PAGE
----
One Helluva Tip

Let’s say a man owns 10,000 sheep
What is the loss of a single lamb to him?
What is the loss of just ten
In any given year?

The shrewd shepherd knows
How to make two or more
Just disappear
The owner won’t give them a second thought

He’s got bigger fish to fry
As it were
Other flocks to acquire
The loss of one just doesn’t matter

Let’s say a man owns a thousand
It just won’t do to have ten
Go “astray”
Best content yourself with one

Bit if a man owns one hundred
He will search high and low
For just a single lost lamb
Don’t be caught red-handed

The man who has just one
Is to be pitied most of all
For the loss of his sheep matters
It matters a great deal

Aspire, then, to own a flock of 10,000
Or to work for the man who does
Forget about what you ought to do
Just do what makes sense

This is sound advice
Everyone here agrees
Even my boss commends me

If only it just weren’t so damned hot

About Greg Wright

I have worn many hats as a writer and editor over the years. Unlike my scholarly and journalistic work from the "old days" at Hollywood Jesus, Past the Popcorn, or SeaTac Blog, the writing here is of a more overtly personal and spiritual nature. I hope it provokes you as much as it provokes me.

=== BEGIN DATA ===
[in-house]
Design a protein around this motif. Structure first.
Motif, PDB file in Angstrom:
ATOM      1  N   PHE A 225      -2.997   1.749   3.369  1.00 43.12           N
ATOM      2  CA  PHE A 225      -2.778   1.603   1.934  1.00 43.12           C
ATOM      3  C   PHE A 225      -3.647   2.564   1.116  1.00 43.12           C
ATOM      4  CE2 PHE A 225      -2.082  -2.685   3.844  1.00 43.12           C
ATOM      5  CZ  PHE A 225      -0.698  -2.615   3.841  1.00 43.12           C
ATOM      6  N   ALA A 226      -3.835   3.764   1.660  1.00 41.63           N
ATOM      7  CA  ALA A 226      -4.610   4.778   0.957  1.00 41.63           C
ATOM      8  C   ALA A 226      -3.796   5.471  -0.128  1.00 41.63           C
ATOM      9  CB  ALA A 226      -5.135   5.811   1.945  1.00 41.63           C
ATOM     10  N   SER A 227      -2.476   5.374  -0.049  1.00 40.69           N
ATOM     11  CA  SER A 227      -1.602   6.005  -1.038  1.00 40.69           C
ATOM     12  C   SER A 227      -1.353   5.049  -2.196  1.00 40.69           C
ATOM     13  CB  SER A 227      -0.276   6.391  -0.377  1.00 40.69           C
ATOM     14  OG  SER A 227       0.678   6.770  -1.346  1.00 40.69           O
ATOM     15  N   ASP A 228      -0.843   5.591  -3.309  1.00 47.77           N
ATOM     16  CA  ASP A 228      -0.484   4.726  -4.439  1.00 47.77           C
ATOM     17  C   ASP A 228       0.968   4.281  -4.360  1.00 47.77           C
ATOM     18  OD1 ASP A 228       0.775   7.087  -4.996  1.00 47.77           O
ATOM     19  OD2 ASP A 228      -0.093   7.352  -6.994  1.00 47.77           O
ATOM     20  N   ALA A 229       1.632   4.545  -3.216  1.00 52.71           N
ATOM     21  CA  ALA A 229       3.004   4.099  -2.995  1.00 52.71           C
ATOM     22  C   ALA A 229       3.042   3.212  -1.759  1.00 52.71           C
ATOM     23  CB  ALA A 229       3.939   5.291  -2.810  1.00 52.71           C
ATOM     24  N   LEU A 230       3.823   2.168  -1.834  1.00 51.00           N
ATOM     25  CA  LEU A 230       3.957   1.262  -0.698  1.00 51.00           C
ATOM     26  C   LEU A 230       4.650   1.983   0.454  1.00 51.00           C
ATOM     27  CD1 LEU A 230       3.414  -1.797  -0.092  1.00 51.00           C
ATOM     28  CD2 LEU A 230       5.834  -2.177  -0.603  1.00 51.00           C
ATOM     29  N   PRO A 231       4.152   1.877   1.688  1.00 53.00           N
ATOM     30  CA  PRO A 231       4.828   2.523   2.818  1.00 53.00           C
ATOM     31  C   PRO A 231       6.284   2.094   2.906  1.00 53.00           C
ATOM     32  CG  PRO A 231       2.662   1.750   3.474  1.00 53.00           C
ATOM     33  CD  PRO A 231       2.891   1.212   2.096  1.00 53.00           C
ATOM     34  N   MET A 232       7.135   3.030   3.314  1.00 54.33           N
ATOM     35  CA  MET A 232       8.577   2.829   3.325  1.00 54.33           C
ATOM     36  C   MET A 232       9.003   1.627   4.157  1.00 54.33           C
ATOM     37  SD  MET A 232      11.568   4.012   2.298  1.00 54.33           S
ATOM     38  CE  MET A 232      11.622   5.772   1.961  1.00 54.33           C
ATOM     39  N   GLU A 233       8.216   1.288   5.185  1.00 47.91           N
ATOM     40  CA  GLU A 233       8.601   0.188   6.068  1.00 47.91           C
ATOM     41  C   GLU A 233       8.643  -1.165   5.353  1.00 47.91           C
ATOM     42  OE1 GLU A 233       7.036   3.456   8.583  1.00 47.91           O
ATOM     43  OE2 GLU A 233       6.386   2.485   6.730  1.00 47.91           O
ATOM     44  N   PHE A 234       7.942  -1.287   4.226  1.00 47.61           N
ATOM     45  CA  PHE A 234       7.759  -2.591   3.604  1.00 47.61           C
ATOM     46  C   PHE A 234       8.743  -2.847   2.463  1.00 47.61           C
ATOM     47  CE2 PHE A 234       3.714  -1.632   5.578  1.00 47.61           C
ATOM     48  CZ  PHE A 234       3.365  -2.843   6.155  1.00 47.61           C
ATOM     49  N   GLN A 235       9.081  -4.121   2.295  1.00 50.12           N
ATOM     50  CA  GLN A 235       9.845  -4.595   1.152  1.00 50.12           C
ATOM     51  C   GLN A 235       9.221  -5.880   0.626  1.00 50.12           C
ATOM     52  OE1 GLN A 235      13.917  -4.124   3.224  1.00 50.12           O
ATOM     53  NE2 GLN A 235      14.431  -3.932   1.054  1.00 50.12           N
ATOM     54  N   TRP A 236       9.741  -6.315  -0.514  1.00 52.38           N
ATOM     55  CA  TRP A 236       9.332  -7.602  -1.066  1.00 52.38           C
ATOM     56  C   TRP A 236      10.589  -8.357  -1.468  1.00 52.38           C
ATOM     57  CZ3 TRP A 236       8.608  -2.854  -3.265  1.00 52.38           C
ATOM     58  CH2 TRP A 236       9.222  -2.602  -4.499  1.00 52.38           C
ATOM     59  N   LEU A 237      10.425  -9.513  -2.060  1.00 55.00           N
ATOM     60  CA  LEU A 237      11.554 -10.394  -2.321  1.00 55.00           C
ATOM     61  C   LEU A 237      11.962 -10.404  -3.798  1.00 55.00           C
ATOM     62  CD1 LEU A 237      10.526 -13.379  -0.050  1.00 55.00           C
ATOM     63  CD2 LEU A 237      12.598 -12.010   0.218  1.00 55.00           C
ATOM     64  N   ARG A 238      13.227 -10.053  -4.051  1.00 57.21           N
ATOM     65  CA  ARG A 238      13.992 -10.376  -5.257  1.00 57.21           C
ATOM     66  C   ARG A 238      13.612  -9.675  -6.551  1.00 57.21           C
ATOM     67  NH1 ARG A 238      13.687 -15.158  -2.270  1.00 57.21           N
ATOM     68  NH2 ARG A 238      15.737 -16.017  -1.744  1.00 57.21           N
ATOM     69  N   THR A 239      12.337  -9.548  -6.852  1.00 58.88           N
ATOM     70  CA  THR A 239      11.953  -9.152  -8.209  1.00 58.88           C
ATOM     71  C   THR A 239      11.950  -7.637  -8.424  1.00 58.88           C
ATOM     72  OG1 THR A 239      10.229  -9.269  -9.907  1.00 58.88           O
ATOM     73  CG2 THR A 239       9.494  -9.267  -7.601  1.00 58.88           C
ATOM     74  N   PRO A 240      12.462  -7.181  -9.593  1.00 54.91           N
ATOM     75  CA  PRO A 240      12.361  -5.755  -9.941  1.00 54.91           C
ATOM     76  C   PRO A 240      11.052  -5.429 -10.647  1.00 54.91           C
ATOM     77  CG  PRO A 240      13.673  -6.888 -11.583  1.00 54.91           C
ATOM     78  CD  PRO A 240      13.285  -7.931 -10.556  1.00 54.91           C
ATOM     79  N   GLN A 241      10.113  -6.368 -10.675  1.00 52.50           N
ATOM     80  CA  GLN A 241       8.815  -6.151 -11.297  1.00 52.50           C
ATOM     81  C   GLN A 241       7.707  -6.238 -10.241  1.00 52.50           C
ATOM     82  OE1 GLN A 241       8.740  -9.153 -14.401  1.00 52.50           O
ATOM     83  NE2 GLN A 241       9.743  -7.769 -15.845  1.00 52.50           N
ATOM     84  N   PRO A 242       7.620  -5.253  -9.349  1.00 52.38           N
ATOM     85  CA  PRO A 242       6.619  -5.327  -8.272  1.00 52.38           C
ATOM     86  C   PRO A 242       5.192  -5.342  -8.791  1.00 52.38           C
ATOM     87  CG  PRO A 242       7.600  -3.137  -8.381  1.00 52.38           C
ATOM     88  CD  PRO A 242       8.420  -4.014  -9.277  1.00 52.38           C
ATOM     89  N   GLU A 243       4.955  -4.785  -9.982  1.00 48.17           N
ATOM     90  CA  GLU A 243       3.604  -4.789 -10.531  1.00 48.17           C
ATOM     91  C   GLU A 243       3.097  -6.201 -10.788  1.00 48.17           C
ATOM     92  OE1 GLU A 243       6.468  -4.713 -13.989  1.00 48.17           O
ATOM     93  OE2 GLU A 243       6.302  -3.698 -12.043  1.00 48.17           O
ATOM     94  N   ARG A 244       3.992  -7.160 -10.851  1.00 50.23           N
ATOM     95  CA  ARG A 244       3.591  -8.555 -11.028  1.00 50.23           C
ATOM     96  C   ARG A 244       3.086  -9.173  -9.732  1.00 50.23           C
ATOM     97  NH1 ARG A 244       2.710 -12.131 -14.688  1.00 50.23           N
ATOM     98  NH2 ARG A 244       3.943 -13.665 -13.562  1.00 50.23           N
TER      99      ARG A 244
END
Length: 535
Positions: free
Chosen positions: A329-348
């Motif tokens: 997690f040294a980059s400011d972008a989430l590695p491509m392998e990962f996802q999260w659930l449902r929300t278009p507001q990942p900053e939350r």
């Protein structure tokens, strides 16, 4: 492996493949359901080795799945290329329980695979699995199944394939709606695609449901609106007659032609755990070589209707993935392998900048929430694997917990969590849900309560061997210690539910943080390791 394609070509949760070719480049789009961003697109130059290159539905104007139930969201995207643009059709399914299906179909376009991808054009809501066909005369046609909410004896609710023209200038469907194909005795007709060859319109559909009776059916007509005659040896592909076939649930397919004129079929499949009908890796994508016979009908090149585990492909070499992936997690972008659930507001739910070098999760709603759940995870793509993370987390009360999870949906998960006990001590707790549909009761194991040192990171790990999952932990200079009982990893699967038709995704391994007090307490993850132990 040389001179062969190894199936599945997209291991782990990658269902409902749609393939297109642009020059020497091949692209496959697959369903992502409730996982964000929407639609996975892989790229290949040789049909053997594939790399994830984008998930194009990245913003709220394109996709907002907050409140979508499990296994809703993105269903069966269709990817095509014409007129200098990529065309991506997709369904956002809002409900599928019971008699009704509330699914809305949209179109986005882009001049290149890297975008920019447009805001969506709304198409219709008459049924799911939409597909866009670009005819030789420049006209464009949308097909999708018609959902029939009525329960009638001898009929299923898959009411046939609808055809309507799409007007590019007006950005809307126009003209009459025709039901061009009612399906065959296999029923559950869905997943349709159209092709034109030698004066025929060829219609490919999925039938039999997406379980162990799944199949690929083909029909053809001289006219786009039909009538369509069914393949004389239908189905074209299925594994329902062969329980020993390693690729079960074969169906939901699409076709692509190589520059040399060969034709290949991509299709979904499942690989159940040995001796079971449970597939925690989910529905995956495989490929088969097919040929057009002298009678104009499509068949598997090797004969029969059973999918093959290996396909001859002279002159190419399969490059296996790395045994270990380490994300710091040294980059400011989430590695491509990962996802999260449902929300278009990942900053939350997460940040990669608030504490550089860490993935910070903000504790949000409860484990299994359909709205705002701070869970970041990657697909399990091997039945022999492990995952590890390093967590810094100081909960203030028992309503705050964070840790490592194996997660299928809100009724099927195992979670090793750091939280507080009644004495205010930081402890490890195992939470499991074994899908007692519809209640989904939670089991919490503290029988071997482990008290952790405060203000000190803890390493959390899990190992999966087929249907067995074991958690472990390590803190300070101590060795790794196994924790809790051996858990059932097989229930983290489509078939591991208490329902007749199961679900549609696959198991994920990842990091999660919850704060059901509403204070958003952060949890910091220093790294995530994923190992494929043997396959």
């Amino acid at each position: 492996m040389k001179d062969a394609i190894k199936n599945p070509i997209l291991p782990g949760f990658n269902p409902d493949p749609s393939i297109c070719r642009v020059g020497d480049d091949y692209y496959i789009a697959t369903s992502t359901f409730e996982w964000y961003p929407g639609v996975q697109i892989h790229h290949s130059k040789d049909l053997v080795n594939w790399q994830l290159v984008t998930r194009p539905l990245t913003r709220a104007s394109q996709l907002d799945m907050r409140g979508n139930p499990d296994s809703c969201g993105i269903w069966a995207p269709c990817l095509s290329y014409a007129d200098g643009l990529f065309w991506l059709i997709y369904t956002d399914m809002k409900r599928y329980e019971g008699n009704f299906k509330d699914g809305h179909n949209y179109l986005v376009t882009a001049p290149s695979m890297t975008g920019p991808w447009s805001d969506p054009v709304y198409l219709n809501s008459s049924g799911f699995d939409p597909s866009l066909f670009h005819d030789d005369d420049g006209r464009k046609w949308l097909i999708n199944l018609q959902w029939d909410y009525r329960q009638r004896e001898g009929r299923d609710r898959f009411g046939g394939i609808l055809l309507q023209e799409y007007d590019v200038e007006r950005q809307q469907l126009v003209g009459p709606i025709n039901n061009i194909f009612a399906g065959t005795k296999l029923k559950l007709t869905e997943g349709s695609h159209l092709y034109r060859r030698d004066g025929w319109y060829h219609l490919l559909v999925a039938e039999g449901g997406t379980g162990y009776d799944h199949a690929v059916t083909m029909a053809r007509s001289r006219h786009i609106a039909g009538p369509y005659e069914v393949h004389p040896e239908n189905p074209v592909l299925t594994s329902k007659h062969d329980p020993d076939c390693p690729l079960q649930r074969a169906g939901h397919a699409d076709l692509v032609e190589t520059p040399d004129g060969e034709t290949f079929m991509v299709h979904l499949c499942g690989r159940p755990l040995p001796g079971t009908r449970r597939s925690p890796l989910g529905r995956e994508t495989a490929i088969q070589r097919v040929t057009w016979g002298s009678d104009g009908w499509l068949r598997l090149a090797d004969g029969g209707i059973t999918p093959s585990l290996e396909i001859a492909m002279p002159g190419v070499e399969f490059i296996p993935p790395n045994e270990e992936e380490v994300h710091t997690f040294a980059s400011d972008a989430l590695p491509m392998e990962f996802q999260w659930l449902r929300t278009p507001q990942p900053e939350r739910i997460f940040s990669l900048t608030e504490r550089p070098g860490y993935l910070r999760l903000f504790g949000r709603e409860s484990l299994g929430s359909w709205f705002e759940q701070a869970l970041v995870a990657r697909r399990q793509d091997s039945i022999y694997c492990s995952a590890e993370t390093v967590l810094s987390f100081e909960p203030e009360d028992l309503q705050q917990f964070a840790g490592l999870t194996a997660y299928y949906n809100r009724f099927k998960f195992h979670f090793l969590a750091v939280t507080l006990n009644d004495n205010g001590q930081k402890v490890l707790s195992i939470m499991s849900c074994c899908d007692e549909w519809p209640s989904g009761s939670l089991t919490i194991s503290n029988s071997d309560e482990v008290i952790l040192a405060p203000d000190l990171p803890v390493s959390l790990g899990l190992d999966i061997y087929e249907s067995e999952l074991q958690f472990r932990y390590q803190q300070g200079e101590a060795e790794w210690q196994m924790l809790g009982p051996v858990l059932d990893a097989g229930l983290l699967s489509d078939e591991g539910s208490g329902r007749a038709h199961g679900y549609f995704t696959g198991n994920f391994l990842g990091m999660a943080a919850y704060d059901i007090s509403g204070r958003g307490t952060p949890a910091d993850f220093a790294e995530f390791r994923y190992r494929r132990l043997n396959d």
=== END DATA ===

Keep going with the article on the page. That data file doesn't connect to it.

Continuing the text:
This entry was posted in Poetry, The Gospel According to Peter. Bookmark the permalink.

One Response to One Helluva Tip

  1. Greg Wright says:

    “A righteous king is coming, and honest princes will rule under him. … Justice will rule in the wilderness and righteousness in the fertile field” (Is. 32). Peter can see that something isn’t quite right in Jesus’ parables about the “unworthy steward” and the rich man in Luke 16. His inward assessment runs like this: “Let me tell you how to shortchange God — and then won’t you be happy to receive me into your eternal hell-hole?” He writes this piece to make sense out of a piece of difficult teaching.

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